Five things to know about Parkinson's Disease
More than one million Americans are living with Parkinson's Disease. While the cause is unknown and no cure has been found—there is hope.
Every April, those impacted by Parkinson’s Disease (PD) dedicate the month to sharing information and dispelling myths about the movement disorder. PD affects more than one million Americans and more than six million worldwide. The experts at the Swedish Neuro Network have pulled together the top five things you should learn to #KnowMorePD.
- It affects nearly one million Americans — more than the combined number of those with multiple sclerosis, muscular dystrophy and amyotrophic lateral sclerosis (Lou Gehrig’s disease)
- The cause is unknown. However, experts have determined some factors that place people at a higher risk of developing the disease: genetics, environment, age (mostly 50+ but can develop anytime between 35 and 85), gender (men are 1.5 times more likely), race (more Caucasian than other races).
- It is classified as a neurodegenerative movement disorder. Parkinson’s Disease occurs when the brain cells that make dopamine (a chemical that coordinates movement) stop working properly or die. While movement symptoms are most common, non-movement symptoms also occur and can be more problematic. As a neurodegenerative disorder, many patients develop symptoms slowly and they worsen over time.
- No two people have the same symptoms. Symptoms vary from person to person and the progression of the disease is unique to each patient. Some lesser-known early symptoms include loss of smell of foods like bananas, dill pickles and licorice, as well as progressively smaller handwriting. Other common symptoms include:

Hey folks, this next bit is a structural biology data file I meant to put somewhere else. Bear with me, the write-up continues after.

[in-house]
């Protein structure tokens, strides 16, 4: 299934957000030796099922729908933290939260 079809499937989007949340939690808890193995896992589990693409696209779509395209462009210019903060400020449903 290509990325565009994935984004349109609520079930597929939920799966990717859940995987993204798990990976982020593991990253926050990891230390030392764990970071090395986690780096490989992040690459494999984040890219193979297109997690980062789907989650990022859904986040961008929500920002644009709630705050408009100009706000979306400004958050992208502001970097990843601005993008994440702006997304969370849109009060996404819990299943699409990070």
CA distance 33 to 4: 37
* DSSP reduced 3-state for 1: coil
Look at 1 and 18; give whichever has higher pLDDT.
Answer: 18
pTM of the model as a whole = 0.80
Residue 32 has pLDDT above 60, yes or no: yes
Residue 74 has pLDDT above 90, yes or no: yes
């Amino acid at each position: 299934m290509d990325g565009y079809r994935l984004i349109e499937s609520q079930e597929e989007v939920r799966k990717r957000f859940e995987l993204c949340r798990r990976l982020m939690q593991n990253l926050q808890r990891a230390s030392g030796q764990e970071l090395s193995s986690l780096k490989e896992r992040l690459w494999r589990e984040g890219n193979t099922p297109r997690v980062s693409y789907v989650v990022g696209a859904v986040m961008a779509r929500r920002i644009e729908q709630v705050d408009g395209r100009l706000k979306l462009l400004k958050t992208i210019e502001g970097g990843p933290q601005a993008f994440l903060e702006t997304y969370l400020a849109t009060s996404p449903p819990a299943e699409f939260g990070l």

- Tremors (mainly at rest)
- Trouble moving or walking (a feeling of having your feet “stuck to the floor”)
- Limb rigidity
- Walking problems
- Cognitive changes
- Mood disorders
- Sleep disorders
- There is no cure. While there is no cure for PD, management of the disease has advanced in recent years. Because PD is unique to each patient, treatment plans should be customized to each patient’s needs. The team at the Swedish Neuro Network works collaboratively to create PD management plans that takes into consideration patients’ unique symptoms, progression, lifestyle, medical history and needs. Treatment options include:
- Lifestyle changes: rest, diet, exercise, stress and depression management, home safety
- Medications: medications are available to help manage symptoms
- Therapies: physical therapy, occupational therapy, speech therapy, nutritionists help improve quality of life
- Surgery: advanced surgical treatments such as deep brain stimulation (DBS) are available with the Swedish Neuro Network. DBS uses tiny wires placed deep in the brain to emit electrical pulses that lessen tremors incidence and severity
If you or a loved one has been diagnosed with PD or has been experiencing symptoms that could be related to the disease, it’s important to contact a provider who specializes in the neurological disease. These experts have dedicated their careers to advancing PD treatment and improving the lives of those with PD and their families. Learn more about diagnosis, management and treatment with the Swedish Neuro Network or to find a physician call (303) 575-0055.